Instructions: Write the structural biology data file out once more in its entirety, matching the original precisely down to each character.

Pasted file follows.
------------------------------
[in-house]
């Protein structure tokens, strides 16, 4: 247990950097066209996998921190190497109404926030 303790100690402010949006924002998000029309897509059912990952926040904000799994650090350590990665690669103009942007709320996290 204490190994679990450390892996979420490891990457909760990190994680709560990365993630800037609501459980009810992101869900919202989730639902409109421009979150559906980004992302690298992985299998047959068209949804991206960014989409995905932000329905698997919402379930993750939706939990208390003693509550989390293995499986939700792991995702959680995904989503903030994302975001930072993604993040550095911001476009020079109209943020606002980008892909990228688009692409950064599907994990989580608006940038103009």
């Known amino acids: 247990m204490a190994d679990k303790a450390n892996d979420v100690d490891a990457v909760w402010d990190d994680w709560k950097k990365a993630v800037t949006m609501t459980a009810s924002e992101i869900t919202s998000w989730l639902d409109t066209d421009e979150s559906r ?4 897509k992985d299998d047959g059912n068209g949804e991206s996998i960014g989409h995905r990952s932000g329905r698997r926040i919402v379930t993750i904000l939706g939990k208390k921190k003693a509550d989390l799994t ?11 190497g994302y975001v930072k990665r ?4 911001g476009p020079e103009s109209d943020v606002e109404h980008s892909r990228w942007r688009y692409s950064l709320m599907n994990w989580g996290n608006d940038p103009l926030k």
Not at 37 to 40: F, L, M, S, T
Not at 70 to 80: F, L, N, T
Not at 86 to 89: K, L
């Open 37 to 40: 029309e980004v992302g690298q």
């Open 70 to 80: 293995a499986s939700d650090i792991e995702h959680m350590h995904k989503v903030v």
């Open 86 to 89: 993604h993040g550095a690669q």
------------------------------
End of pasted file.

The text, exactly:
[in-house]
């Protein structure tokens, strides 16, 4: 247990950097066209996998921190190497109404926030 303790100690402010949006924002998000029309897509059912990952926040904000799994650090350590990665690669103009942007709320996290 204490190994679990450390892996979420490891990457909760990190994680709560990365993630800037609501459980009810992101869900919202989730639902409109421009979150559906980004992302690298992985299998047959068209949804991206960014989409995905932000329905698997919402379930993750939706939990208390003693509550989390293995499986939700792991995702959680995904989503903030994302975001930072993604993040550095911001476009020079109209943020606002980008892909990228688009692409950064599907994990989580608006940038103009």
């Known amino acids: 247990m204490a190994d679990k303790a450390n892996d979420v100690d490891a990457v909760w402010d990190d994680w709560k950097k990365a993630v800037t949006m609501t459980a009810s924002e992101i869900t919202s998000w989730l639902d409109t066209d421009e979150s559906r ?4 897509k992985d299998d047959g059912n068209g949804e991206s996998i960014g989409h995905r990952s932000g329905r698997r926040i919402v379930t993750i904000l939706g939990k208390k921190k003693a509550d989390l799994t ?11 190497g994302y975001v930072k990665r ?4 911001g476009p020079e103009s109209d943020v606002e109404h980008s892909r990228w942007r688009y692409s950064l709320m599907n994990w989580g996290n608006d940038p103009l926030k």
Not at 37 to 40: F, L, M, S, T
Not at 70 to 80: F, L, N, T
Not at 86 to 89: K, L
């Open 37 to 40: 029309e980004v992302g690298q």
């Open 70 to 80: 293995a499986s939700d650090i792991e995702h959680m350590h995904k989503v903030v």
């Open 86 to 89: 993604h993040g550095a690669q």